If you've ever had to deal with the frustration of finding some of your favorite music deleted from your iPod, you're not alone. Wiping rivals’ music was a common practice for Apple in the early days of the iPod, a company executive admitted in court on Wednesday.
Augustin Farrugia, Apple's security director, said that the tech giant routinely erased content that had not been purchased directly from the iTunes store from its customers’ devices. The practice stemmed from legitimate security concerns and was not an attempt to undermine competing music services, Farrugia testified.
'We Don’t Want to Confuse Users'
Apple is accused of deleting rivals’ music from 2007-2009, but the class-action lawsuit was actually first brought in 2005. At the time, the plaintiffs accused the company of using its proprietary DRM (digital rights management) system, FairPlay, as a way to prevent competing music vendors from entering the market.
The plaintiffs, which include both retailers and consumers seeking about $350 million in damages, are now accusing Apple of deliberately misleading customers about why their data was being wiped. That number may only be the tip of the iceberg, however. If Apple is found guilty of anti-competitive practices, it could face considerably higher penalties.
After downloading music from a non-iTunes source, such as Amazon’s music store, users saw a pop-up box the next time they synced to iTunes, telling them that had to restore their devices to their factory settings. Once they did so, they discovered that all their non-iTunes music had been deleted.
The plaintiffs are accusing Apple of being deliberately vague in its warning message to disguise the real reason for asking users to reset their devices. Farrugia countered the accusation in his testimony, but acknowledged the wording of the message was kept deliberately vague. "We don't need to give users too much information," Farrugia testified. "We don't want to confuse users."
A Legitimate Reason
How the case is decided will likely depend on whether jurors accept Apple's argument that the actions they took were for security reasons. We spoke with Rob Enderle, principal analyst at the Enderle Group, who said the company will likely have problems with its argument. "I think their defense is going to get them into trouble," he told us.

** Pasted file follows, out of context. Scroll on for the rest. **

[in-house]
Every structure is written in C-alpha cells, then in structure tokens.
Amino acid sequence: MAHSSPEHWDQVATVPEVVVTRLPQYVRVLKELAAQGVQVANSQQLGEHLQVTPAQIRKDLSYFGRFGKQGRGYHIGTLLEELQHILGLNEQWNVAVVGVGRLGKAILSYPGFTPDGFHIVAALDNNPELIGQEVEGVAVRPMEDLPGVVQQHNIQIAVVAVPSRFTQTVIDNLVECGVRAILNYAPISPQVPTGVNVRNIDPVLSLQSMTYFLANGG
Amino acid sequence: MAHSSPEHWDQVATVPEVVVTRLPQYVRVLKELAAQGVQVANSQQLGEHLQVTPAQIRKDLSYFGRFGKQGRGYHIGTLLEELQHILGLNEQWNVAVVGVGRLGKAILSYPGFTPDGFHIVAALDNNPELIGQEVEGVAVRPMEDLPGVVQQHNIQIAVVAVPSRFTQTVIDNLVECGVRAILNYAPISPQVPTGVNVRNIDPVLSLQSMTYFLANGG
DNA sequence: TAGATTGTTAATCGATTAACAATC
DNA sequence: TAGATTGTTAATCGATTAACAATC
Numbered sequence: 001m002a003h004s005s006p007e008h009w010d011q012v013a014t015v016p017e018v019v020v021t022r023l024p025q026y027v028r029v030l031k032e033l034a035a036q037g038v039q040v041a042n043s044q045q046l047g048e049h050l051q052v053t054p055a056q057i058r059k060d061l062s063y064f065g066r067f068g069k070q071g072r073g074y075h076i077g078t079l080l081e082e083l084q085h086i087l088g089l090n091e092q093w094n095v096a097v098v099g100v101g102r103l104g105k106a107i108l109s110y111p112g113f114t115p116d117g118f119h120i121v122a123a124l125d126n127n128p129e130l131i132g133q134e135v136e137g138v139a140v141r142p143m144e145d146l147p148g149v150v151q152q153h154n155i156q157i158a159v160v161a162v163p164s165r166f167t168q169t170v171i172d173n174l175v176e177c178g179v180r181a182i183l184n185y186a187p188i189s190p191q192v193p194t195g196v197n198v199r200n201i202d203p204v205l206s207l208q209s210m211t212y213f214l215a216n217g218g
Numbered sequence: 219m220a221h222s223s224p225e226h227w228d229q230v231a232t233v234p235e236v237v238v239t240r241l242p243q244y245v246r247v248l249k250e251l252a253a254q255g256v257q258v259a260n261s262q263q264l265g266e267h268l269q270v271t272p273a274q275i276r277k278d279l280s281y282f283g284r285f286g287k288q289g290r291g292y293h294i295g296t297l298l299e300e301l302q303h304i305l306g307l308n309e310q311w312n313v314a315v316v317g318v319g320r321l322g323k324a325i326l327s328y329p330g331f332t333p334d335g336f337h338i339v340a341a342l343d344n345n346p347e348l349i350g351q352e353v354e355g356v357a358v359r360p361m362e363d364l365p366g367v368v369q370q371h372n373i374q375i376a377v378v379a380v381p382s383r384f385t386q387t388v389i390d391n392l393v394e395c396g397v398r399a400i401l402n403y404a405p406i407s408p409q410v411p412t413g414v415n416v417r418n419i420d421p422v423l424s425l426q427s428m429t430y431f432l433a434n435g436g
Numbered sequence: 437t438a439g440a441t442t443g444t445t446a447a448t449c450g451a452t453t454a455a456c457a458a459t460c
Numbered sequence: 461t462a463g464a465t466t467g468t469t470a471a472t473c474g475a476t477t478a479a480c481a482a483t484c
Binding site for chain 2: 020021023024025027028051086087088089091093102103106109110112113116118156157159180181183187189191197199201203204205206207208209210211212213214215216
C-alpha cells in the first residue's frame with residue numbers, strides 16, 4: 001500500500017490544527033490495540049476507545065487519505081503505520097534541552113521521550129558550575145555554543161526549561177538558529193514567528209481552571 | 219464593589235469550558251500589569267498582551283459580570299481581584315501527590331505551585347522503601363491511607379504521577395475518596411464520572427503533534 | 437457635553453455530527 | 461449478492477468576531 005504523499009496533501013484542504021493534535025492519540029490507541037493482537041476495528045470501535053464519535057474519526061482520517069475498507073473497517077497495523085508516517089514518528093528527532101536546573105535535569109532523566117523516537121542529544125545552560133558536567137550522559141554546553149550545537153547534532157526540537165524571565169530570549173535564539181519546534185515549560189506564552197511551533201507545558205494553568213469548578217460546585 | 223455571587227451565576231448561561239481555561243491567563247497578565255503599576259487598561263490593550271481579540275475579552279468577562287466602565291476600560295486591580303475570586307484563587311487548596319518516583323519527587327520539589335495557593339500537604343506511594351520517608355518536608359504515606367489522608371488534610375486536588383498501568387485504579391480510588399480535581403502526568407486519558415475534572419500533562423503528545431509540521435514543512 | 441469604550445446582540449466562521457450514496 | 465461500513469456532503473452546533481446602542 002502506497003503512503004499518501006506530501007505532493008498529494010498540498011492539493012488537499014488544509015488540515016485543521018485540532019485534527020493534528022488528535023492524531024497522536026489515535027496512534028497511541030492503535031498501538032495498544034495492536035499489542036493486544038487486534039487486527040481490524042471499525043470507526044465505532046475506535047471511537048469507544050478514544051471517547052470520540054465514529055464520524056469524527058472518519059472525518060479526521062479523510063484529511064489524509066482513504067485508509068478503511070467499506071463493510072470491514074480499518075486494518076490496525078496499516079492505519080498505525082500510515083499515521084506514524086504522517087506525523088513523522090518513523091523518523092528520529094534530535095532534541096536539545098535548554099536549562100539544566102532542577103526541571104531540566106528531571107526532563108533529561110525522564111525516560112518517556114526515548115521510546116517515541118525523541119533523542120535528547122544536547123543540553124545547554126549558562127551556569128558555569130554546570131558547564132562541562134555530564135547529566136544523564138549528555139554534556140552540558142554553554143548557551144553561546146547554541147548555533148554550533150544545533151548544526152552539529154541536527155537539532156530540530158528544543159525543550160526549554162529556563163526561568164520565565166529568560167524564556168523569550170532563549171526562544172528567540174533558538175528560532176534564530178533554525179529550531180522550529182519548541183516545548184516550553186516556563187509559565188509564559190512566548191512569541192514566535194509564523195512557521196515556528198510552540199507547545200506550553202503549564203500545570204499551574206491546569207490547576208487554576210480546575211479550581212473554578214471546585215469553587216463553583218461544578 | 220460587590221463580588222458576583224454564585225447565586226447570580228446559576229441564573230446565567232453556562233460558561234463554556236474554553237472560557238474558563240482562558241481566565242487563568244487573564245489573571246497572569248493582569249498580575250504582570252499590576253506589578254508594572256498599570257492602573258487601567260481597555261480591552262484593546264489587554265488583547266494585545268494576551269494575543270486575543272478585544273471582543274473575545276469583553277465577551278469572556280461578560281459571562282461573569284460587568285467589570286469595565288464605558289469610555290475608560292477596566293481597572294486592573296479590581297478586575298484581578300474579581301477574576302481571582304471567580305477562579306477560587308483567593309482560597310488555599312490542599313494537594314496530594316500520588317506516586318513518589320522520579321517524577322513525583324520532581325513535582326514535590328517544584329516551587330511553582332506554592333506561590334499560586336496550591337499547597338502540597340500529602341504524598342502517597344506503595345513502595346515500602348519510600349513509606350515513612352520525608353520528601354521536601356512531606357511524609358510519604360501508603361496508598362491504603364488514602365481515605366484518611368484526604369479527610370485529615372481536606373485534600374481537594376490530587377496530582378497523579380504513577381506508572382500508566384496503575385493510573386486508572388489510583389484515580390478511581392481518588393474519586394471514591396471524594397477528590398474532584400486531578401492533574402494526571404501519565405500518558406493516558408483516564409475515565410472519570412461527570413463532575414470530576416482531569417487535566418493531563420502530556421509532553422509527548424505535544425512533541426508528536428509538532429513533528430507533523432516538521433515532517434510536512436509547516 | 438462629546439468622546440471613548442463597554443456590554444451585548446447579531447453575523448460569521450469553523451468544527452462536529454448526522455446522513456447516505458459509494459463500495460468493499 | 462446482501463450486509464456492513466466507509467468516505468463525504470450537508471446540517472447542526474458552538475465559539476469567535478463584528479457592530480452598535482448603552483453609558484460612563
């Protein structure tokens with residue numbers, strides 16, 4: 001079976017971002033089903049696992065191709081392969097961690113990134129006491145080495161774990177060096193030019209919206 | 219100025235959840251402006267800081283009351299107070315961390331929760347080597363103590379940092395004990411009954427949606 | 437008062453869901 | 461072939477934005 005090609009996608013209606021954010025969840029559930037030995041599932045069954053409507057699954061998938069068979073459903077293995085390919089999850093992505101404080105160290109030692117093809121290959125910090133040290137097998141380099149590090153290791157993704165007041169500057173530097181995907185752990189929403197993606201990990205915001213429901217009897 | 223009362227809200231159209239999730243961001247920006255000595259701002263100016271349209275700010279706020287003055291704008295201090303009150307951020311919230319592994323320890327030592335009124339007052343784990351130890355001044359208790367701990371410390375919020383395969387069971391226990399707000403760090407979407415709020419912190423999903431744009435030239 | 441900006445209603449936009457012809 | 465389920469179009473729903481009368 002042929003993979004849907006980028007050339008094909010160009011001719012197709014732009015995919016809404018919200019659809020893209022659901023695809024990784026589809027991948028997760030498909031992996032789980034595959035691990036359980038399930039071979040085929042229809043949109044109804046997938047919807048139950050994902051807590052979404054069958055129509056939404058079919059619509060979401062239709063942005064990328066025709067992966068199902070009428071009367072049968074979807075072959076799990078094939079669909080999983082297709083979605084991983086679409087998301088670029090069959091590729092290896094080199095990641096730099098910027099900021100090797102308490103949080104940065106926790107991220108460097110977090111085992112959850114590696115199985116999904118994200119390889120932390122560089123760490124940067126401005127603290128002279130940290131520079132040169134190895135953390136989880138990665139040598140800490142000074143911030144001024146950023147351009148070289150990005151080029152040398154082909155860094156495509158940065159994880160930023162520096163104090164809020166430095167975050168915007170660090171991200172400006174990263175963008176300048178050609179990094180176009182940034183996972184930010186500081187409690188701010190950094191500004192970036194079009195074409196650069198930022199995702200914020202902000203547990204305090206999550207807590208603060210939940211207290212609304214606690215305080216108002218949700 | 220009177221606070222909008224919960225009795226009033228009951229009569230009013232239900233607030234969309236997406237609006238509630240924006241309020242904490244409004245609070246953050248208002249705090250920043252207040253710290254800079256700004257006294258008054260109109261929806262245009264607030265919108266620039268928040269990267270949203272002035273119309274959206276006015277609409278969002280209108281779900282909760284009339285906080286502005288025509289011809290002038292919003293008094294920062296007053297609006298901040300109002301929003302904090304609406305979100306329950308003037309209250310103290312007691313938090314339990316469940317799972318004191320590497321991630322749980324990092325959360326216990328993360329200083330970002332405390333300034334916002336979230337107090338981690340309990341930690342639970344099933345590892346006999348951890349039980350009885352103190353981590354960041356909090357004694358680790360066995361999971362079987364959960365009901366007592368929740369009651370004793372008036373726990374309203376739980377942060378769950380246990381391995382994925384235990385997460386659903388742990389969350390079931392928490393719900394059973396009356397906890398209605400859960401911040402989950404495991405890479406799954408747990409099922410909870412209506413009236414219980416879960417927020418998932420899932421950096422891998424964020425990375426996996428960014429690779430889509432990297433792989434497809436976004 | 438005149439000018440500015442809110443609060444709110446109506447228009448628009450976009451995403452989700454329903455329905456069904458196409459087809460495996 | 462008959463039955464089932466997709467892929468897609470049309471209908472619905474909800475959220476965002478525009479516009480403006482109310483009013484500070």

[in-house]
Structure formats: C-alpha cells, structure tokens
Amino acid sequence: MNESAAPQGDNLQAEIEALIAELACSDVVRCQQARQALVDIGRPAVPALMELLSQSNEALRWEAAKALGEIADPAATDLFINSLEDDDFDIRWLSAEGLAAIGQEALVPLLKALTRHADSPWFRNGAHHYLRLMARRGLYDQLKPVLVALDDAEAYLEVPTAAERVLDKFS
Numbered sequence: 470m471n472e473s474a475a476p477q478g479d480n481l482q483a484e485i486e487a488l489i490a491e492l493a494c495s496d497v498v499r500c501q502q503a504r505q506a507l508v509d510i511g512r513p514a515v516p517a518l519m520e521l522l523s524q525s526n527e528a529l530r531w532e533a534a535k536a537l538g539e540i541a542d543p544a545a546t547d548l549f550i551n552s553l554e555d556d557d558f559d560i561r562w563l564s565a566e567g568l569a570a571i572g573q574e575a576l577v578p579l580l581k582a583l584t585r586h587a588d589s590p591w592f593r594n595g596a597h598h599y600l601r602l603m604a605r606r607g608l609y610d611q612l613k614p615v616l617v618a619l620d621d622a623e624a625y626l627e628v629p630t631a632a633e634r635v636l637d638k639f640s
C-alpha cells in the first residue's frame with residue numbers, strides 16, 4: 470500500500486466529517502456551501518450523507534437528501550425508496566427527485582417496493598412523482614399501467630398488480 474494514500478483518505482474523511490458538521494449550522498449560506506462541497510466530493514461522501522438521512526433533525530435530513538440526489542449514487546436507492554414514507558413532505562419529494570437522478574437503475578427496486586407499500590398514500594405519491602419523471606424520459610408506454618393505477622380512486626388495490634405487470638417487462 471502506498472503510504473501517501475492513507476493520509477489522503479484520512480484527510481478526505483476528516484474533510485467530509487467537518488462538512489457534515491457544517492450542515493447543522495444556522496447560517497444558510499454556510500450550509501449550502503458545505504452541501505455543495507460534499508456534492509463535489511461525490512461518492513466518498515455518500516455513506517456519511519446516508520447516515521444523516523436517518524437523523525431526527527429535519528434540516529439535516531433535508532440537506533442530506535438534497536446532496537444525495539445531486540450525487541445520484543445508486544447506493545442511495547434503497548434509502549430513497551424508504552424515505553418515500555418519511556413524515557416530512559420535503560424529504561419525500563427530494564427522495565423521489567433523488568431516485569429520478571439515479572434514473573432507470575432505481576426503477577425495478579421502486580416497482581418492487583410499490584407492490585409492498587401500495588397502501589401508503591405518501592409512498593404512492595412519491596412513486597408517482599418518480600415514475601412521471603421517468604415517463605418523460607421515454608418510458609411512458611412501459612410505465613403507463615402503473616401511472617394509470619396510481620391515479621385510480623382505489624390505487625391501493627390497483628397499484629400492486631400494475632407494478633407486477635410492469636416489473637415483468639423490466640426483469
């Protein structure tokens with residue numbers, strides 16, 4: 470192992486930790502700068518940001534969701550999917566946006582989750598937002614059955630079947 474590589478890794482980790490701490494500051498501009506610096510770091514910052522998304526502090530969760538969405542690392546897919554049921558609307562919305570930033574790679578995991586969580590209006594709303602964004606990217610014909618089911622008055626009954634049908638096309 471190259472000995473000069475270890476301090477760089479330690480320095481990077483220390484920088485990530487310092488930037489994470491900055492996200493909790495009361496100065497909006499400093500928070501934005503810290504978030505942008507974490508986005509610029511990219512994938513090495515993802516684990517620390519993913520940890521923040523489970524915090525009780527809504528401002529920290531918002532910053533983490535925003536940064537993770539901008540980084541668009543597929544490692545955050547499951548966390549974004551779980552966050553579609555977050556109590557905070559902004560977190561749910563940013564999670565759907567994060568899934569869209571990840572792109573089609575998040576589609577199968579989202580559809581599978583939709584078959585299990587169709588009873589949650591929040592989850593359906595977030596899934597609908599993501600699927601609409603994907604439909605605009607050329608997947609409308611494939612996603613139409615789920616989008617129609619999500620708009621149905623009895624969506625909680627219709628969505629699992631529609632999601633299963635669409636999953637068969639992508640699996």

"There was a legitimate reason to prevent music acquired from third parties to sync with iTunes," Enderle said. "Apple couldn’t know whether the user actually owned the license to [the music] or whether it was pirated and didn’t want to accept the related liability."
Nonetheless, deleting users' data is an aggressive step, and one with anti-competitive side effects. "If Apple, as the plaintiffs allege, crashed the iPods to force this in order to eliminate the music, [then] that would have been contrary to the users’ best interest and clearly an unfair trade practice," Enderle added.
Apple's argument makes even less sense when one considers the fact that Apple allows third-party files and applications to be used on its computers without deleting them, Enderle pointed out.
"Their security reason is ill advised because if you felt the need to aggressively remove music that wasn’t acquired through Apple, why wouldn’t you also aggressively remove applications that came from third parties from your PCs where the far greater security risk existed?" he asked.